These passages shed light on the way people perceived Jesus during his time. Some said that he was John the Baptist, Elijah, and Jeremiah or one of the prophets. However, the most important part of the passage is Peter’s identification of the Jesus as Christ. Jesus asks his disciples, “Who do you say I am?’ Peter answers by proclaiming Jesus to be the longed-for-Messiah of Israel: “You are the Christ, the Son of the living God.” The response of Peter is a great profession of faith. Peter is able to make this affirmation about Jesus’ identity because God has enabled him to recognize Jesus as “the Messiah, the Son of the living God.” Jesus praises Peter saying, “Blessed are you, Simon Bar-Jona! For flesh and blood has not revealed this to you, but my Father who is in heaven. And I tell you, you are Peter, and on this rock I will build my church, and the powers of death shall prevail against it. I will give you the keys of the kingdom of heaven…” (Mt: 16:17-19). Yet in the very next passage of the Gospel, Peter wavers and Jesus calls him “Satan”. Why? Because Jesus had gone on to reveal that he was to be a suffering messiah, put to death for the salvation of his people. And Peter was not prepared for this. Peter loved Jesus and firmly believed him to be the Christ, but a Christ conformed to his own ideas, expectations and attachments. How strange – and
Peter was a humble fisherman, but he was also stubborn, impetuous, imperfect, and afraid. Peter’s real humanness and the fact that he had imperfections is the reason why he is included in Sacred Scripture. Peter’s stories contain little conversions that amounted to his one complete metanoia. One of these stories is when Jesus walks on the water; another story is when Jesus asks Peter if he loves him three times. Both of these stories aid in Peter's’ true conversion. In the story of Jesus walking on water, Jesus has the disciples get into a boat and go ahead of him to the other side, and later he goes to pray on a mountainside. When he returns to the lake he sees that the boat is far away from land because of the waves and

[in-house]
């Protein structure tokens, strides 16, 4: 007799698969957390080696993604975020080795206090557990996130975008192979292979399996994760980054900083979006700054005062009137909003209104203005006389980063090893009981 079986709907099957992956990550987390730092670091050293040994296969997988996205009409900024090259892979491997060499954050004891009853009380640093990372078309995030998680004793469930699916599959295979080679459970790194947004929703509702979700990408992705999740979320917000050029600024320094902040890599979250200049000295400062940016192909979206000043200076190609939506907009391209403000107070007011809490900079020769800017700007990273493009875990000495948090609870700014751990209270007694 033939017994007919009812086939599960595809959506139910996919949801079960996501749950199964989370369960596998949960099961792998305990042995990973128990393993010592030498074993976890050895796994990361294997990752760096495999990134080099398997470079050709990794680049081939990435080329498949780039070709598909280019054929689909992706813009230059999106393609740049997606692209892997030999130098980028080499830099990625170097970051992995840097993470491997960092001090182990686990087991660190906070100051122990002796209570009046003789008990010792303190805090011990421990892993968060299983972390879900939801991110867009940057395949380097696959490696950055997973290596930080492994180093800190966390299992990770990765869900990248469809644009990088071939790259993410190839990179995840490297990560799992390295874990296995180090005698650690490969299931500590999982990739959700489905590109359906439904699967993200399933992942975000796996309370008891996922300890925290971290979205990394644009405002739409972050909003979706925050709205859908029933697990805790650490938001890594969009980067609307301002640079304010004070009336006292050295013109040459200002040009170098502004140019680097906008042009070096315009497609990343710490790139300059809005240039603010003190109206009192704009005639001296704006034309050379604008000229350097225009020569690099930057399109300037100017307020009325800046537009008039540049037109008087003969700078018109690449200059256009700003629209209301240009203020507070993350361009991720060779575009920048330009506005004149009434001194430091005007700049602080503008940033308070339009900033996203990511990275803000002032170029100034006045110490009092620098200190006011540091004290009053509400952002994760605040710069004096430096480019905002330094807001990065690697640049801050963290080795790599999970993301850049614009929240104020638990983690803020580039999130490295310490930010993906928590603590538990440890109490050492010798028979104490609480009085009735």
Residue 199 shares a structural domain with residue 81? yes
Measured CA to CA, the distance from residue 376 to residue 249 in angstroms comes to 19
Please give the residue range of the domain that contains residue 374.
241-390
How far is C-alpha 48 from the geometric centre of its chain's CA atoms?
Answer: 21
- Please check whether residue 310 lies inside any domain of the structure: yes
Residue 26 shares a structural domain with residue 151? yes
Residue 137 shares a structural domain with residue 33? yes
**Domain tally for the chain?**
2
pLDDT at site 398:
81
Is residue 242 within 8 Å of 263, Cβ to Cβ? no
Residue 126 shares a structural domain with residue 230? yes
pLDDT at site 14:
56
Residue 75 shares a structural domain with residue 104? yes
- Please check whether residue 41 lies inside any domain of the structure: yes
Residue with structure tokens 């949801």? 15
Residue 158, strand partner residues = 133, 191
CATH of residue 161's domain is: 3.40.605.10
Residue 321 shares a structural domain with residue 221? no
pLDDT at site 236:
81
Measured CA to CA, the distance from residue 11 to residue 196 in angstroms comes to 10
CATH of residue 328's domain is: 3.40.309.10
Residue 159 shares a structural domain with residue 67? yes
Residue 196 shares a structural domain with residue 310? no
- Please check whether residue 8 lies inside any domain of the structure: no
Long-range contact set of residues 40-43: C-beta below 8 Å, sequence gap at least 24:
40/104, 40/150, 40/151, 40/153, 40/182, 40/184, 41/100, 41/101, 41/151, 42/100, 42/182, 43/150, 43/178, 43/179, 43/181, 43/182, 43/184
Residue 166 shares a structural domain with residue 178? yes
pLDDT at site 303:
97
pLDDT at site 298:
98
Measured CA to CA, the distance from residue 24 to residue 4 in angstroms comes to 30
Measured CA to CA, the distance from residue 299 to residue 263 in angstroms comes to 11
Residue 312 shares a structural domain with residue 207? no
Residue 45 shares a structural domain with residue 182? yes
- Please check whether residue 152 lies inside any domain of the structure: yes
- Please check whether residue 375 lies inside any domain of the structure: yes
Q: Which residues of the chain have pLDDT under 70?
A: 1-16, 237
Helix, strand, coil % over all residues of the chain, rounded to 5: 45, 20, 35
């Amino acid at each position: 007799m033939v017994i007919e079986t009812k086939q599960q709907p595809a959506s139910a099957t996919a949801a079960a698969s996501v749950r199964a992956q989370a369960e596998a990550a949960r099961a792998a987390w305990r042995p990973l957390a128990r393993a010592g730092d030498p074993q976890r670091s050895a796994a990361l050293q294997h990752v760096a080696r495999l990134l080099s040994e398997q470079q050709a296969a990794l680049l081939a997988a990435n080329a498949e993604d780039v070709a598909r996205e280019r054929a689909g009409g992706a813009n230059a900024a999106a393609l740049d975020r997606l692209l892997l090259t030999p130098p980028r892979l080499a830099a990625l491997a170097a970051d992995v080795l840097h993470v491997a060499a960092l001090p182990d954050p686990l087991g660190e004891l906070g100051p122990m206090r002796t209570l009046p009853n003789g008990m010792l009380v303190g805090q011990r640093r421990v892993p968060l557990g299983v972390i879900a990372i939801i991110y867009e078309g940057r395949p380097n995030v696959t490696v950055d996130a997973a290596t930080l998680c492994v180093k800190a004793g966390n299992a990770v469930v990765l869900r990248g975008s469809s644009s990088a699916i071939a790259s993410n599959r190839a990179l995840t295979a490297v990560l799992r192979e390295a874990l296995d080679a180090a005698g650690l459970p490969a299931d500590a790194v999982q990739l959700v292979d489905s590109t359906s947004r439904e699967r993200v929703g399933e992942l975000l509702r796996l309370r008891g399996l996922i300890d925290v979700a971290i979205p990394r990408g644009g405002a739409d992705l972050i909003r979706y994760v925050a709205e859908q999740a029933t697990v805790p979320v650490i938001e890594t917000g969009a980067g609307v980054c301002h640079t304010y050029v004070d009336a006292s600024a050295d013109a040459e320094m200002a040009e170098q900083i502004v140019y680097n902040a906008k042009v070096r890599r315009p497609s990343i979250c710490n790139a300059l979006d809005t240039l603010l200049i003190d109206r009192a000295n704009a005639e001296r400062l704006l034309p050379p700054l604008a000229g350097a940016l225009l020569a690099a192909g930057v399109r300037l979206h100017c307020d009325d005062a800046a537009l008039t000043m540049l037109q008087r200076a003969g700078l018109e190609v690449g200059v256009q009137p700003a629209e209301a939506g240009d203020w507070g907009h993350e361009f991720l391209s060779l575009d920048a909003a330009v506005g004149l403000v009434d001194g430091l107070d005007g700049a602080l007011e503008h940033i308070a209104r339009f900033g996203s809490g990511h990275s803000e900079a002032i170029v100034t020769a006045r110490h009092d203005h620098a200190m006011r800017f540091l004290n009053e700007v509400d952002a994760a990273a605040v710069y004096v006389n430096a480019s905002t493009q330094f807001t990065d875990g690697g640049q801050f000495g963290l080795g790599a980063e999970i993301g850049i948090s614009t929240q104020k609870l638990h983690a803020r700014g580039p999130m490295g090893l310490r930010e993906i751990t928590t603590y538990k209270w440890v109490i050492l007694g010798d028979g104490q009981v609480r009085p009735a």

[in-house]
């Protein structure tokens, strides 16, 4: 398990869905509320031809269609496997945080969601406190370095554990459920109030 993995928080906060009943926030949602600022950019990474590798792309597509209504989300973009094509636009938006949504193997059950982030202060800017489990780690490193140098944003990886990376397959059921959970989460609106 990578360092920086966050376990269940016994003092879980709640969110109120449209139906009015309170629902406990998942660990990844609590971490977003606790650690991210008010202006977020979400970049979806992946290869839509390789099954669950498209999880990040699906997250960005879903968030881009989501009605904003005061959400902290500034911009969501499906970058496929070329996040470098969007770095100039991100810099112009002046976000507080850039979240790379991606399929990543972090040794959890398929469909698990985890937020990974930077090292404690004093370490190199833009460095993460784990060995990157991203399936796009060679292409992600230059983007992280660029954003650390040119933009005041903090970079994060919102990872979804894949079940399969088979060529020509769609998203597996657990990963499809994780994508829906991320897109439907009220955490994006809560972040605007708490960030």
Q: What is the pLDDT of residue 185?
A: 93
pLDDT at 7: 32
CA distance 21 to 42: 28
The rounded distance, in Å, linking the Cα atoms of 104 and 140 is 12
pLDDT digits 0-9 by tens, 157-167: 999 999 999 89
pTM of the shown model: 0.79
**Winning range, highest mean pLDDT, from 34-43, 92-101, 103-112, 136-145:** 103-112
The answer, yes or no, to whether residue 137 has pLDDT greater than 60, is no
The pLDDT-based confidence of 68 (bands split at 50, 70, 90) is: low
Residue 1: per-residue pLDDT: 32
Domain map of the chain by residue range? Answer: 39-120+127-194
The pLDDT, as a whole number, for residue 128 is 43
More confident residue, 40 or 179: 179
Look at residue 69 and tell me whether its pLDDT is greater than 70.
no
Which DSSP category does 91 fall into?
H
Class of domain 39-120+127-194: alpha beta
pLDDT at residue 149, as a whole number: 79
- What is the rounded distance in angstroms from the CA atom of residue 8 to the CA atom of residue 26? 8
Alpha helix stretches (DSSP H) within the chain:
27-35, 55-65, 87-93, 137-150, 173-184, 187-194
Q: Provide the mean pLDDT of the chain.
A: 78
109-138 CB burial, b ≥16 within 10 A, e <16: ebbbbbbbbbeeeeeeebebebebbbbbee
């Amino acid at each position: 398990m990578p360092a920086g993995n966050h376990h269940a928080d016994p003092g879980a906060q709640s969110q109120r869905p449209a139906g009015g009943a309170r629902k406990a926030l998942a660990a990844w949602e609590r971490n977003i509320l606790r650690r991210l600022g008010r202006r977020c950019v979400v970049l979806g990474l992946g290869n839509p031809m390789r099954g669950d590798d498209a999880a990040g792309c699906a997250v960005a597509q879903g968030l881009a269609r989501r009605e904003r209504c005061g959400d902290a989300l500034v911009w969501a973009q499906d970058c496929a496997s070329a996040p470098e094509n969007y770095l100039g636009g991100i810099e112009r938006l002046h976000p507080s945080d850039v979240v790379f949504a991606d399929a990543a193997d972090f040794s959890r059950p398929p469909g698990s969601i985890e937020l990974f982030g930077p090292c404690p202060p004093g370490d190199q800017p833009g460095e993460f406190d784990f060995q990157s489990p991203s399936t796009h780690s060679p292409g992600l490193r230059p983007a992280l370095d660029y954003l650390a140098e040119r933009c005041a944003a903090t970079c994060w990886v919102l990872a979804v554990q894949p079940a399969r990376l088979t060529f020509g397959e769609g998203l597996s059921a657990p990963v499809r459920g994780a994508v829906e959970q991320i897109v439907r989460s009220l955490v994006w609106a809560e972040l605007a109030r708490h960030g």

The question starts in chapter 11. Peter encounters an astonishing disclosure that God is putting forth "the repentance that leads to life” (Acts 11:18) to Gentiles without obliging them to become Jews first. Be that as it may, when he goes to Jerusalem in the company of some uncircumcised (Gentile) men, some of the Christians there whine that he is abusing Jewish law (Acts 11:1-2).
Both Peter and Paul had many simmilarities and difference on how they were called to proclaim the Word of the Lord. Peter and Paul's slight difference made an impact on the roles they played in Catholisism. For instance, regarding the positions they were given, when Jesus approached Peter he asked him to be the herder to the flock of sheep. In a less metaphorical way, the leader of the God's people. Unlike Peter, Paul was called to focus on spreading the Word of the Lord and the good news of the Kingdom of God. Another slight difference is that Peter was one of the original disciples and nonetheless always tried to have faith in Jesus. Differently, Paul was a persecuter of Christians and only learned to have faith in Jesus when being blinded
The Lord knows our hearts, just like Jesus knew Peter's. Peter cared deeply for Jesus...Jesus gave him the name Peter, meaning "rock," because the Christian church would largely be influenced and built by his work in the ministry. Yet, Peter still felt the need to put that mask on...to be someone he wasn't, or at least, wasn't yet.
A martyr is a person that defends a principle, even though it means giving up everything that is important to that person (Webster 236). Some martyr's are put in jail for standing up for Jesus Christ or God. Most martyrs are killed because of their beliefs. Martyrs are the strange ones who
One more thing, like Peter, he was so humble when facing the Jesus. Though as a gentile, he has no much knowledge about Jewish religion, he’s faith is simple but firm.
13 When Jesus came to the region of Caesarea Philippi, he asked his disciples, "Who do people say the Son of Man is?" 14 They replied, "Some say John the Baptist; others say Elijah; and still others, Jeremiah or one of the prophets." 15 "But what about you?" he asked. "Who do you say I am?" 16 Simon Peter answered, "You are the Christ, the Son of the living God." 17 Jesus replied, "Blessed are you, Simon son of Jonah, for this was not revealed to you by man, but by my Father in heaven. 18 And I tell you that you are Peter, and on this rock I will build my church, and the gates of Hades will not overcome it.